13.08.06 -- Ahra Pahts creation story; part 2: Shells and Street duplication.
Disclaimer: this is going to be a long entry again; read at your own risks. It covers a broad range of subjects and include some detailed case studies. Also it contains lots of images and isn't really dial-up friendly. Hopefully my future entries will be more concise.
While I wait for the current bugs to magically fix themselves I'll tell the second part of Ahra Pahts's creation..
Duplication of the Shells
So I had this nice duplication process set up for the shells thanks to the 'dupliverts' tool but it wasn't that easy. Moreover it had to work for the shells, but also for the streets, the sideways, the lampposts, the walls, and essentially everything in the city. But before going any further there's one thing I need to talk about that I didn't talked about last time, something all this duplication process revolves around: the 'Centers'.
They're essentially the anchor of an object (and not its actual center) the point around which it rotates; and in our case they determine where an object will be placed when duplicated by a duplivert objects. Let me take an example: in the duplication process (let's call this the DP) we saw earlier the shells are arranged it hexagons like this:
The blue point in the middle is a Center; in fact all the shell have their center in the same spot here. This makes sure that during the DP the shells aren't moved around by the duplivert mesh and stay in ordered hexagons. So, at that point it became obvious to me that those centers were going to be critical for all objects beside the shells if I wanted them to be properly aligned and ordered on the duplivert mesh. But for now let's go back to our good old DP.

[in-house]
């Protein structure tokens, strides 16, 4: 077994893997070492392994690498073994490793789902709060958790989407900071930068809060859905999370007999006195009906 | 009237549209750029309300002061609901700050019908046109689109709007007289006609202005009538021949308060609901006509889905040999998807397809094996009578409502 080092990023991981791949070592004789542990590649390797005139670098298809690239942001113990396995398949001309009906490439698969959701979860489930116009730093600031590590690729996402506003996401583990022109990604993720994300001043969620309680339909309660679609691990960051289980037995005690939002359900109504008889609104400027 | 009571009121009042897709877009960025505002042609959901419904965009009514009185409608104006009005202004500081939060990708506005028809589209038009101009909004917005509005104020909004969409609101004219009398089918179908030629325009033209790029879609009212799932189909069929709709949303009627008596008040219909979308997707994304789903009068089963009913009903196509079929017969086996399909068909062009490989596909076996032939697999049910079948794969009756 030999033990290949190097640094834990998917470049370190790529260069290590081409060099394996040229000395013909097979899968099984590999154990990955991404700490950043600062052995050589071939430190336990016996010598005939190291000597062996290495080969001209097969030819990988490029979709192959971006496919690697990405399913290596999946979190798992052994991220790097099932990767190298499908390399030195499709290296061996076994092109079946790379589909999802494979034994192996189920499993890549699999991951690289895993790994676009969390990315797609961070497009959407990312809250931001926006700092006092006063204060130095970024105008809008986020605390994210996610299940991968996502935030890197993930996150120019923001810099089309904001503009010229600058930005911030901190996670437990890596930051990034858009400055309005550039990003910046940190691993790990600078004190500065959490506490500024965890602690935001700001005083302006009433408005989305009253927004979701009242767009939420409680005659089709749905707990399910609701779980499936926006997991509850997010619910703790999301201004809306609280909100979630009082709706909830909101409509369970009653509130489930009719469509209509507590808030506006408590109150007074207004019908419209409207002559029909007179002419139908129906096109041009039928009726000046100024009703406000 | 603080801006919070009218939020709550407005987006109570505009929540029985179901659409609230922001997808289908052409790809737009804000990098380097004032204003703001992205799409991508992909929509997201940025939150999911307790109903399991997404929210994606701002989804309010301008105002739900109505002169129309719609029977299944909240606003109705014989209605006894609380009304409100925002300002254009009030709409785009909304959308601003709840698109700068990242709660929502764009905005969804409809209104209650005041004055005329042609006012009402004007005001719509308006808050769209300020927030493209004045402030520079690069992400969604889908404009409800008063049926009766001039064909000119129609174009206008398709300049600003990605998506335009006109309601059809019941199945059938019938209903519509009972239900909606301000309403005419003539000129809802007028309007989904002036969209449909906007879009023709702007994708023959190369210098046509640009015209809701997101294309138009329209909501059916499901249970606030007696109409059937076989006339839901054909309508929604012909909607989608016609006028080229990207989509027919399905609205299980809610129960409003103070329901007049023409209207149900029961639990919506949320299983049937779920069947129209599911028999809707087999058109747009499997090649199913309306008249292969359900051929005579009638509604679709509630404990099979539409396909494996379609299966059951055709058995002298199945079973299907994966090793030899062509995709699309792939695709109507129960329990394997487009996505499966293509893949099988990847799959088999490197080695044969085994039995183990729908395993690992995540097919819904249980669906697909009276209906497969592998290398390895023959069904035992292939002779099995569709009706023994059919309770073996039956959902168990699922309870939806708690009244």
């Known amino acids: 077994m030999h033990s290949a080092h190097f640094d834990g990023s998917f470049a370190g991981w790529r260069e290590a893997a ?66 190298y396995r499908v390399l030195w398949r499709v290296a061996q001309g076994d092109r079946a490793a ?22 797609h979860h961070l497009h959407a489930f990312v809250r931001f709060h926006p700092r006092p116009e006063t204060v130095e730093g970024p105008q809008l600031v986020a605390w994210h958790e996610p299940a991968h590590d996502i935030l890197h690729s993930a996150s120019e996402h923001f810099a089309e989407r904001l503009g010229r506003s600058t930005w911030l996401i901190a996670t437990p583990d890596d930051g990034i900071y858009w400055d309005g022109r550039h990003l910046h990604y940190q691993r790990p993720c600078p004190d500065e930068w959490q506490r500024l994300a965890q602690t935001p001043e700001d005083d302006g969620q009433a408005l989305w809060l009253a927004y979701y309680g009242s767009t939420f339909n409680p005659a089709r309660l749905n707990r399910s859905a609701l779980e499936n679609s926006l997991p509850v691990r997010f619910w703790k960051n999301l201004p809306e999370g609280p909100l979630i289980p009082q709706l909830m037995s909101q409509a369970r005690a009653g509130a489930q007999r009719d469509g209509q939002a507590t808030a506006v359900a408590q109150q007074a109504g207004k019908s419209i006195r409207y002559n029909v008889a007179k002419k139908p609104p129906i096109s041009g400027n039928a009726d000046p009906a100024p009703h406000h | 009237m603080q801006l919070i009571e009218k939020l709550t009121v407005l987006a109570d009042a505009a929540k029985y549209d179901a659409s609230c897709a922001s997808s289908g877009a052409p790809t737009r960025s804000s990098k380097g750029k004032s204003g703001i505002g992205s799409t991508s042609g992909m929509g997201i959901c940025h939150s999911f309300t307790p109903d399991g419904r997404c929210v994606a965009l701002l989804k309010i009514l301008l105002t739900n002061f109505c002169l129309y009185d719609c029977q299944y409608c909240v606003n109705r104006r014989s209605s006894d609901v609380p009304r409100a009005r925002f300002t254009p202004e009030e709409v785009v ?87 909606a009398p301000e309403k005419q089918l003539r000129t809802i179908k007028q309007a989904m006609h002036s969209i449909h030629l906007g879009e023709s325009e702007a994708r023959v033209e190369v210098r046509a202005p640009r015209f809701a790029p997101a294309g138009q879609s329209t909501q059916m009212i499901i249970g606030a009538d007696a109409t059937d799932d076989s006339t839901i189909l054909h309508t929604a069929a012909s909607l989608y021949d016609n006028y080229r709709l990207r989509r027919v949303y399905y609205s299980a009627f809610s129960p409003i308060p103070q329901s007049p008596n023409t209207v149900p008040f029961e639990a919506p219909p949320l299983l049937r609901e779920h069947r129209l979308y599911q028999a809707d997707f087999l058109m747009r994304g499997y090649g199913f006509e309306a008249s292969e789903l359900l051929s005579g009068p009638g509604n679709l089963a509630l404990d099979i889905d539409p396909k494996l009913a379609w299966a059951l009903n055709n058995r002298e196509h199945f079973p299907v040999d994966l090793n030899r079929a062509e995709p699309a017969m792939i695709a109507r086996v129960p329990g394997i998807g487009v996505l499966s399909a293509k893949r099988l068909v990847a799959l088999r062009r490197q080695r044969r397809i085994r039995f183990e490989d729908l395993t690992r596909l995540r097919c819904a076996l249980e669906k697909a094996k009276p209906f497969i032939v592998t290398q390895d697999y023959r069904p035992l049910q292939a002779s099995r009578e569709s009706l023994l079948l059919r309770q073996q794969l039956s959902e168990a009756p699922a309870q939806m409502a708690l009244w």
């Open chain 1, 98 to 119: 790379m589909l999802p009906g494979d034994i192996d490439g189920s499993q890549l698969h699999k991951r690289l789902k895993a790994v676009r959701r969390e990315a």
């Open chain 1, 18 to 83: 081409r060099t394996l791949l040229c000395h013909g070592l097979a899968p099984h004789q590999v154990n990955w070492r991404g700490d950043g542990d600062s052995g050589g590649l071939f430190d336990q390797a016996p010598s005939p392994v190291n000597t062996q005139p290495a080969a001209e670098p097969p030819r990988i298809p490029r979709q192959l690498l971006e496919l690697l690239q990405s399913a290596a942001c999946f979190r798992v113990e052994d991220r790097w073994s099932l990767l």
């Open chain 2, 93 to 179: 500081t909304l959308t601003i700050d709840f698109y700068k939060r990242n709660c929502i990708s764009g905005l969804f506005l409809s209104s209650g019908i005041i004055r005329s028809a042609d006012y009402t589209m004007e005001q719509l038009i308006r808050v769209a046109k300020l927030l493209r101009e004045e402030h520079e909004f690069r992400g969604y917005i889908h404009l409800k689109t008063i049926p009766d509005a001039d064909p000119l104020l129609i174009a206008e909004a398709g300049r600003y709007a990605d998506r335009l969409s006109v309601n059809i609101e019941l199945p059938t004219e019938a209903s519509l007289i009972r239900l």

Once the basic part of the DP was done for the shells I still needed to do some manual cleanup, there were too many shells. For one thing, in the middle of the city there's this large structure we call the Hub. It is in the middle of a lake and I needed to make room for this, so here goes 12 shells. Then there were all the future courtyards, small and large. And here go 27 shells more. I was now with the definitive number of shells (150) and the almost-definitive shape of the city. I say 'almost' because I later found out I had overlooked something: the district walls. The high walls that separate all the districts. I had to push out the 3 'outside' districts around the central one to leave enough place for those walls.
Once this was done I had the definitive layout for the shells, and I could move to the rest.
* * *
The initial batch I had to work on was the streets and associated sideways (what's a city without a street or two?). Again I won't go in the actual creation of those, (I'll save that for a future entry) but I'll focus on the process of integrating them in the city. Some of the streets would have to be customised to include canals, some would have to be totally removed, but all this would have to be done later; I had to first lay out a basic structure and then work the details.
For partical reasons I started by creating the sideways first (they touch the shells which made them easier to create), and then moving to the streets who in turn touch the sideways. Duplicating the sideways was very easy: there's exactly one sideway for each shell. So they went through the same DP: basic duplication through the dupliverts mesh and then manual cleanup. Streets were a different problem alltogether. After a good deal of thinking and studying of the city I came to realize that it would be easier to have the streets not be straight but to group them by three in a regular 'Y' shape and run them through the DP. Thinking of it again I'm not sure that was the fastest way to do this; but that's what I did. My problem with the street was that they couldn't go through the regular DP because the dupliverts mesh (dMesh for short) used for the shells and the sideways didn't work here. Since the shells and the streets aren't arranged in the same way the DP for the streets created tons of duplicate and was just not practical. In the end I decided to use the dMesh only as a guide and duplicate the streets manually. There was only 15 streets for each district so I could do only one district, and duplicate it.